Underwater archaeologists have discovered evidence of prehistoric caribou hunts that provide unprecedented insight into the social and seasonal organization of early peoples in the Great Lakes region.
An article detailing the discovery of a 9,000-year-old caribou hunting drive lane under Lake Huron appears in today’s issue of the Proceedings of the National Academy of Sciences.
"This site and its associated artifacts, along with environmental and simulation studies, suggest that Late Paleoindian/Early Archaic caribou hunters employed distinctly different seasonal approaches," said John O’Shea, the Emerson F. Greenman Professor of Anthropological Archaeology at the University of Michigan and lead author of the article. Read more.
Known as Shipwreck Alley, Thunder Bay in northwest Lake Huron presents a forbidding scene for boaters and captains but a wonder for divers and marine archaeologists. Its chilly bottom is dotted with dozens of wrecks, from 19th-century schooners to passenger-carrying steamboats to steel-moving freighters that have fallen prey to the bay’s unpredictable weather and dangerous shoals.
More than 50 of these historic hulks are protected by the Thunder Bay National Marine Sanctuary, which was created in 2000 and covers 448 square miles (1,160 square kilometers) off the northeast coast of Michigan’s Lower Peninsula. Though most are in relatively good shape, thanks to the wreck-friendly freshwater environment of Lake Huron, a new report released by the National Oceanographic and Atmospheric Administration (NOAA) finds the sunken ships might be threatened by a tiny menace: invasive mussels. Read more.
The recovery of a mysterious wooden pole at the bottom of Lake Huron is fuelling excitement among U.S. and Canadian researchers that they have found more evidence of a “lost world” of North American caribou hunters from nearly 10,000 years ago.
The scientists believe that these prehistoric Aboriginal People — who would have been among the earliest inhabitants of the continent — had a “kill site” along a ridge straddling the present-day U.S.-Canada border that was eventually submerged by rising waters when the glaciers melted at the end of the last Ice Age.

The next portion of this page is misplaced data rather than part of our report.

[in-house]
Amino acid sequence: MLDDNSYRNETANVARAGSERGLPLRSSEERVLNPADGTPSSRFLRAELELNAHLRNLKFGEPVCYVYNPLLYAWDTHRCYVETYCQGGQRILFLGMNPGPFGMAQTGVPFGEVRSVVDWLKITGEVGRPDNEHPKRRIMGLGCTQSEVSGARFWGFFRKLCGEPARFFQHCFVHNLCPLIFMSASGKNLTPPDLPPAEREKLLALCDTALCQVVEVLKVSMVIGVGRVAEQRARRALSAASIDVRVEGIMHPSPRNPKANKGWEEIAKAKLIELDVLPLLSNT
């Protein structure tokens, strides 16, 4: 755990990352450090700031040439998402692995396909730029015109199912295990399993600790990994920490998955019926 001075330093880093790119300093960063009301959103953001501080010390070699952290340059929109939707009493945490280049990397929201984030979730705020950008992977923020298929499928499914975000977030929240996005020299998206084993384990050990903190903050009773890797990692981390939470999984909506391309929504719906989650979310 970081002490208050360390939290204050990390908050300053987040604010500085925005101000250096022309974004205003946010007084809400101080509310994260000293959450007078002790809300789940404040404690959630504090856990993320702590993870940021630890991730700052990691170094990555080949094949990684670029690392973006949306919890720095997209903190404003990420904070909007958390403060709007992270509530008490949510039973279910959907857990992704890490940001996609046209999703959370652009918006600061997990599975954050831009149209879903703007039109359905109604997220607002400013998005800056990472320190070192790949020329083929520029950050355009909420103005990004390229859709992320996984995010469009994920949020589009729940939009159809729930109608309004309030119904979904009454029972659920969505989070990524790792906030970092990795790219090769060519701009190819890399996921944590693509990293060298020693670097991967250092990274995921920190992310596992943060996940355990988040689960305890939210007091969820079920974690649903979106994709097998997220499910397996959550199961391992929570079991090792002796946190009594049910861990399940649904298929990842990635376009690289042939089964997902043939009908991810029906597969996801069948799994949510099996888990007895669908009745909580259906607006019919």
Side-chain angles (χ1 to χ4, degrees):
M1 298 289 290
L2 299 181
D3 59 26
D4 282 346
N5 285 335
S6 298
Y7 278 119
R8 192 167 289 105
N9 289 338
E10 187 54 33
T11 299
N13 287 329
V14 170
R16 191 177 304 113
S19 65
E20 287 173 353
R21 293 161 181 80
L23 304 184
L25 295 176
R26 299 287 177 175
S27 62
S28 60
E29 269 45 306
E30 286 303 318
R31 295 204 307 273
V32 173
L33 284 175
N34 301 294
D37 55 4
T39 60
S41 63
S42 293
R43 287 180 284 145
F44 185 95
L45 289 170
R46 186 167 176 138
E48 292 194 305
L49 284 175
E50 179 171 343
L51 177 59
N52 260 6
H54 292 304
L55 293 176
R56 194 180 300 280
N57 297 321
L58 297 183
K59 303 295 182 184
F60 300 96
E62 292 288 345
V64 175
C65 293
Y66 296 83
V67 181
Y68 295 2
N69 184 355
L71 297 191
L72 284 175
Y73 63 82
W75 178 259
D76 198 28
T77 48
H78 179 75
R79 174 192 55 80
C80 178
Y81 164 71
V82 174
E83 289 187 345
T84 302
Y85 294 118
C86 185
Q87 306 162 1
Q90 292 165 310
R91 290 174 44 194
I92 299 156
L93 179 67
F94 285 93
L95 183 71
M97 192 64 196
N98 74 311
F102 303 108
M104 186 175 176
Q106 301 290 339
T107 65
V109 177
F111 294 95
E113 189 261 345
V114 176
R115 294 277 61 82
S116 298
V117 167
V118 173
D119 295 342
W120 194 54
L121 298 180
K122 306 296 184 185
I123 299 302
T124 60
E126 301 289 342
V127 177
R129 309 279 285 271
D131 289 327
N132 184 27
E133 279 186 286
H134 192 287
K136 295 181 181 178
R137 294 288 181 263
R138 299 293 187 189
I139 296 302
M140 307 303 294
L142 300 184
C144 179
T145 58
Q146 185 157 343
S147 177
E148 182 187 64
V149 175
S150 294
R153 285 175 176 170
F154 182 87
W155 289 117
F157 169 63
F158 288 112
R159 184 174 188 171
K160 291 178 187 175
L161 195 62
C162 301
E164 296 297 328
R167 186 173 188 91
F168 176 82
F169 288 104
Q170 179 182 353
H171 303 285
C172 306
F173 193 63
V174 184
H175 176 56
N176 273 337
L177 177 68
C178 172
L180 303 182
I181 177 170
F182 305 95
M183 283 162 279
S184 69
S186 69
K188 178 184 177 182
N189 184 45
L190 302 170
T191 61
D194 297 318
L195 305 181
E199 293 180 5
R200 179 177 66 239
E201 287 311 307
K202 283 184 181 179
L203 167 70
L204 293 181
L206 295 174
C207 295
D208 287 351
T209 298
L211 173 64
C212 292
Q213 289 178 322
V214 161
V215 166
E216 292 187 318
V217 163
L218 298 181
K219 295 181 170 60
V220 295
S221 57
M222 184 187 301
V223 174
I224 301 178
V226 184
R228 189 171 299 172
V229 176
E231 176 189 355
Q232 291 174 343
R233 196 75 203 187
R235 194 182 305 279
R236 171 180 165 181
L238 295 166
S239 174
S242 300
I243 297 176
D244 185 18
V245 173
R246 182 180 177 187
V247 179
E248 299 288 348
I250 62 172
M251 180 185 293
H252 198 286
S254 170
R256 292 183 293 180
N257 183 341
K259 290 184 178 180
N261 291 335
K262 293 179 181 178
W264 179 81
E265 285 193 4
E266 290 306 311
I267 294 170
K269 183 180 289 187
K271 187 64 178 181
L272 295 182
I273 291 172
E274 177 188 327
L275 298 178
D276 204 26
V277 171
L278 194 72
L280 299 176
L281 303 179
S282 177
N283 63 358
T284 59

Now drowned under about 35 metres of water in Lake Huron, the Alpena-Amberley Ridge is named for the Michigan and Ontario towns that respectively mark the western and eastern ends of the 160-kilometre-long, 16-km-wide feature. Read more.
DETROIT — The recovery of a pole-shaped piece of wood that’s 8,900 years old about 100 feet below the surface of Lake Huron has offered hope that more intact evidence of human activity will be found in the area, a University of Michigan researcher involved in the find said.
The wood, which is tapered and beveled on one side in a way that researchers say appears deliberate, was found in July near the Alpena-Amberley Ridge, a now-underwater connection across Lake Huron that once linked the area of northern Michigan with Ontario.
The age of the more than 5-foot long piece of wood was determined using carbon dating, the school said. It is currently undergoing more detailed analyses to determine whether its shape is due to human modification, which visual examination suggests.
“The first thing you notice is that it appears to have been shaped with a rounded base and a pointed tip,” John O’Shea, a University of Michigan anthropology professor, said in a statement. “There’s also a bevel on one side that looks unnatural, like it had to have been created. Read more.
ALPENA, MI (WNEM) - Under the cold clear waters of Lake Huron, University of Michigan researchers have found a five-and-a-half foot-long, pole-shaped piece of wood that is 8,900 years old.